Easter 2020 Reflection

Almost as never before, nature seems in perfect harmony with Easter this year. The sun is shining, the weather is unexpectedly warm after the cold of the past few weeks, the birds are singing gaily and have rarely been so audible, the daffodils and tulips are showing their magnificence, and the trees are about to burst into an explosion of colour and life. The timing couldn’t be better. Surrounded by such glory, it is hard to imagine that the country, indeed the world, is in turmoil, brought to its knees by a virus, against which the best of medical treatment seems powerless. And since we humans are the only means by which the virus is transmitted to others, the most loving thing we can do for one another is to avoid physical contact, to practise social distancing, to stay at home. It is so counter intuitive.

In these days Christians would normally be celebrating the liturgies of the Easter Triduum, beginning with the Mass of the Lord’s Supper on Holy Thursday, the Celebration of the Lord’s Passion on Good Friday, and the solemn Easter Vigil on Holy Saturday night. Because of the current restrictions these ceremonies can only be celebrated behind closed doors and accessible via webcam or on TV. The purpose of these liturgies is to connect us with God’s great love for all humanity, and for the whole of creation, revealed in the life, ministry, death and resurrection of Jesus Christ.

This year in a particular way the passion and death of Our Lord are being lived out in our midst. Most of us can only imagine the situation in most of our hospitals: people very sick, many of them in intensive care, unable to see their loved ones; health care staff doing their utmost in extraordinary conditions to care for their patients, conscious of the risk to themselves and to their families. It is particularly difficult for families who lose a loved one in a hospital or nursing home setting at this time: unable to be with their loved one in their last moments, and with only the immediate family being allowed to attend the funeral. Nor can we forget the economic hardship and accompanying insecurity for so many people.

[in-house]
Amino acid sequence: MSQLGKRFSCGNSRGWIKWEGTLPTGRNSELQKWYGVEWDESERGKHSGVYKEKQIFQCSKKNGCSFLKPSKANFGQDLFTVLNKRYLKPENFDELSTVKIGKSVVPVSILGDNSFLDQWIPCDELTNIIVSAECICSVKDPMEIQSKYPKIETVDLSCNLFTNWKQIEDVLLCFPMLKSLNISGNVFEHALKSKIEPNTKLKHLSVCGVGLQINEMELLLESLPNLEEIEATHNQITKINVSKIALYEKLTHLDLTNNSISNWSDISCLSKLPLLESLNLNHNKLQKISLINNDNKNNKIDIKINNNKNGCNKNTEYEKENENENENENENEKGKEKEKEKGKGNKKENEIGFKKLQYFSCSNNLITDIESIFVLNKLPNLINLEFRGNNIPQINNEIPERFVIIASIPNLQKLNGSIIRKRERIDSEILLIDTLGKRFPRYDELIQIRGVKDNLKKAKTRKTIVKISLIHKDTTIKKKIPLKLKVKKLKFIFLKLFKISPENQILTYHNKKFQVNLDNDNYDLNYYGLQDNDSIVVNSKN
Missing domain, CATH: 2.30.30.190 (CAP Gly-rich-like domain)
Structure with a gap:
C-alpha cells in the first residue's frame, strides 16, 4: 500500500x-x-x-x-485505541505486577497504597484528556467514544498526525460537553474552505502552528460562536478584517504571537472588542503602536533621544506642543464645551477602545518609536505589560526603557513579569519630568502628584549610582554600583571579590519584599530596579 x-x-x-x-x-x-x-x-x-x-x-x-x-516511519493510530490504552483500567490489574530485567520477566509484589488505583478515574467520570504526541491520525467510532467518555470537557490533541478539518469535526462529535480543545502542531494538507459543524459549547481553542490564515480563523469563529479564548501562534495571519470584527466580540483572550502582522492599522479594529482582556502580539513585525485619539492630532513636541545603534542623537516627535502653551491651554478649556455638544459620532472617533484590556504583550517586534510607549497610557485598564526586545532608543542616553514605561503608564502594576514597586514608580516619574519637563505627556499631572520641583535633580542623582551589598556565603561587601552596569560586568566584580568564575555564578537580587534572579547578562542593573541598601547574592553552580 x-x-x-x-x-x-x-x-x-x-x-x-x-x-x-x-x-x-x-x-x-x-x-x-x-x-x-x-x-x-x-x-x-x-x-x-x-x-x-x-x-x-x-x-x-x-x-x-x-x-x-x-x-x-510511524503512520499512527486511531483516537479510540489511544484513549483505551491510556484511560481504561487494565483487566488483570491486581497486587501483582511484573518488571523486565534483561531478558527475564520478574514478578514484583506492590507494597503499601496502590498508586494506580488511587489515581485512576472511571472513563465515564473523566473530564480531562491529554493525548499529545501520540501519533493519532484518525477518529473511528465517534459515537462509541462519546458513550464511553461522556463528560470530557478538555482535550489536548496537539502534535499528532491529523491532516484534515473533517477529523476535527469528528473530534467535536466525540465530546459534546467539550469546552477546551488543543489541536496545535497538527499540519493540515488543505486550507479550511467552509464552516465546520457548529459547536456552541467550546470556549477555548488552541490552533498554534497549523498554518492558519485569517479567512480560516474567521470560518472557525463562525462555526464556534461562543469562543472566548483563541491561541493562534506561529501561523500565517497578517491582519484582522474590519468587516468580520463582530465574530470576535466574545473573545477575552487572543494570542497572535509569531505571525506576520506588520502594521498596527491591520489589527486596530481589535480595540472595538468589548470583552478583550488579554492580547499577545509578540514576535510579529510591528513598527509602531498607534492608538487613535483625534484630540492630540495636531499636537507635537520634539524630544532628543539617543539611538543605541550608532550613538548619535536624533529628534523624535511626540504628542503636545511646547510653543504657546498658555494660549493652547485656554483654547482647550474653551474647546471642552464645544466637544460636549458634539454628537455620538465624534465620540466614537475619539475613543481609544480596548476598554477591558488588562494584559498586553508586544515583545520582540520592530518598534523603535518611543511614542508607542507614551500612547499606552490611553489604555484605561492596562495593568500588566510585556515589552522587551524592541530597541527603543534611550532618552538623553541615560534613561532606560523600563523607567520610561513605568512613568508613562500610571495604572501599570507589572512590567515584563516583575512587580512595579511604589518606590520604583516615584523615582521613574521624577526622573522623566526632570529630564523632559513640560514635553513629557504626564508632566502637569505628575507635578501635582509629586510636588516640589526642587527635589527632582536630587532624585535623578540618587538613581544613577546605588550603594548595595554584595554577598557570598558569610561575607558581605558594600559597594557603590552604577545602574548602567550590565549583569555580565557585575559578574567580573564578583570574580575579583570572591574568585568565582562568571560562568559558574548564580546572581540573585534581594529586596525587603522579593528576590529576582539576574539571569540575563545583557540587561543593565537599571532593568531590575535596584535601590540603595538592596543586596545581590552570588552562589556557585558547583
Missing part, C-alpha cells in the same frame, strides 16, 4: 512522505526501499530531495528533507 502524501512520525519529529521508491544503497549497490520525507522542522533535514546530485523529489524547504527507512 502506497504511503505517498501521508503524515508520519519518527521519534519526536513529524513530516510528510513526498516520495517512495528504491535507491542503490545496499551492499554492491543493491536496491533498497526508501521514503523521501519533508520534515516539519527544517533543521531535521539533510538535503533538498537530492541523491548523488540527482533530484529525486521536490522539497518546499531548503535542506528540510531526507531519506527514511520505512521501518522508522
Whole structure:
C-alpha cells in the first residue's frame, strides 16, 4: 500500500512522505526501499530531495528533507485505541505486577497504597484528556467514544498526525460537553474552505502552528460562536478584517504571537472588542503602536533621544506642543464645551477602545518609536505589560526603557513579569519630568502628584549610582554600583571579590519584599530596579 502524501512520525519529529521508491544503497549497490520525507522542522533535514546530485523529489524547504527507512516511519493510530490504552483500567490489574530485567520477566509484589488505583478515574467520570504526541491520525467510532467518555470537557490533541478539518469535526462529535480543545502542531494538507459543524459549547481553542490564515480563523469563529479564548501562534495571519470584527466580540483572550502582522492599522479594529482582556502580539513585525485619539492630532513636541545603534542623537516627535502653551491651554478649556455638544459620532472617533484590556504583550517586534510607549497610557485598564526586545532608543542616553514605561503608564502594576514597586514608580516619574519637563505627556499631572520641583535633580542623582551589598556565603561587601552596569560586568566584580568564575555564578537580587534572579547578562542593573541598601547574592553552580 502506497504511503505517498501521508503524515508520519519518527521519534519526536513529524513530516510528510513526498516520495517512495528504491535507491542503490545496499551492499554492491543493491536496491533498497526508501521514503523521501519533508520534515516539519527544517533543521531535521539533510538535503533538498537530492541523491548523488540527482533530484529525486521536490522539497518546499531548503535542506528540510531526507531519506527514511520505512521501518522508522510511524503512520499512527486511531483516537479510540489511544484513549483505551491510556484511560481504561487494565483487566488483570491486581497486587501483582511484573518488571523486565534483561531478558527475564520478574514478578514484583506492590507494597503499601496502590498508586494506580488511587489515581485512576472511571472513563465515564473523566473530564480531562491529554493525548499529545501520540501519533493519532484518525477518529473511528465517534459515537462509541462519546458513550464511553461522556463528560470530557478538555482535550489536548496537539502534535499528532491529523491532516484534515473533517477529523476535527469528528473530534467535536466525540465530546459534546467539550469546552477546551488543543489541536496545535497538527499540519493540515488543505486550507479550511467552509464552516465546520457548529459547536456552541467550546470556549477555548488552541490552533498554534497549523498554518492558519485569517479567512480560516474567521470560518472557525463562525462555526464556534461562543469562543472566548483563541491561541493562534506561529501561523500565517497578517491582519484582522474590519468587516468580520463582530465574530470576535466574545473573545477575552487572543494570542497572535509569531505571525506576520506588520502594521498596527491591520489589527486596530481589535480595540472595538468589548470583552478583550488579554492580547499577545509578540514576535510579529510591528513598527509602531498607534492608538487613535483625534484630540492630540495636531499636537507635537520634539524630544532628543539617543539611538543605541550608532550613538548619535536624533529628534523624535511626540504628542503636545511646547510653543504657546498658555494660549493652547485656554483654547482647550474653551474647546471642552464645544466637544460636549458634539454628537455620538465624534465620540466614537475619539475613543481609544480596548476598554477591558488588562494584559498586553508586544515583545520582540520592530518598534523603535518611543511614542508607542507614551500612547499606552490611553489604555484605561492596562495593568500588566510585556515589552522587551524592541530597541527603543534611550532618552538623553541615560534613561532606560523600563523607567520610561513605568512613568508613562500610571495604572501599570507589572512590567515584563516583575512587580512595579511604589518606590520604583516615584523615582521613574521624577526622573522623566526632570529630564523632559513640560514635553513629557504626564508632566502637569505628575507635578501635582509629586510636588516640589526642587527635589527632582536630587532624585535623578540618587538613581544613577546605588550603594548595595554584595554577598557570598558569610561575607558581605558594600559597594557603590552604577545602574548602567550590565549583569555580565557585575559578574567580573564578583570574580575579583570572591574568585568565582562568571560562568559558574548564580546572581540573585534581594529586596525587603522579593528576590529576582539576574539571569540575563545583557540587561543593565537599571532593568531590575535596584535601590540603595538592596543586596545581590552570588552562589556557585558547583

If Easter is about anything, it is about the presence of death in the midst of life, but it is also about witnessing to new life in the sadness and tragedy of death. The suffering and death of Jesus on Good Friday was real, and his followers were left desolated and abandoned. Somehow out of that experience of utter darkness they came to experience and proclaim resurrection faith. Generations of Christians, saints and sinners, have witnessed to Easter faith through times of war, persecution, hunger and sickness. This is our moment.

Christian faith above all proclaims that we are not alone, whatever we might be facing. God in Jesus Christ is with us, always giving us courage and hope and leading us towards new life. We live that hope by showing solidarity with one another, whatever sacrifice that might ask of ourselves. So many people are doing that right now, accepting in good spirit the restrictions on our movements and normal way of life, and reaching out in creative ways to those who are isolated, anxious or suffering. In doing this we are proclaiming our faith in and helping to create a better future for everyone. Jesus Christ is risen! Alleluia, alleluia!

Fr. Richard Sheehy 

 

 

Prayer for Newsletter

 

 

Thought for the Day 09/04/2020

'This is what I received from the Lord, and in turn passed on to you:
that on the same night that he was betrayed, the Lord Jesus took some bread,
and thanked God for it and broke it, and he said, 'This is my body, which is for you;
do this as a memorial of me.' in the same way he took the cup after supper, and said,
'This cup is the new covenant in my blood. Whenever you drink it, do this as a memorial of me'.
Until the Lord comes, therefore, every time you eat this bread and drink this cup, you are proclaiming his death.'
1 Corinthians 11: 23-26 from the Mass for Holy Thursday

'O precious in the eyes of the Lord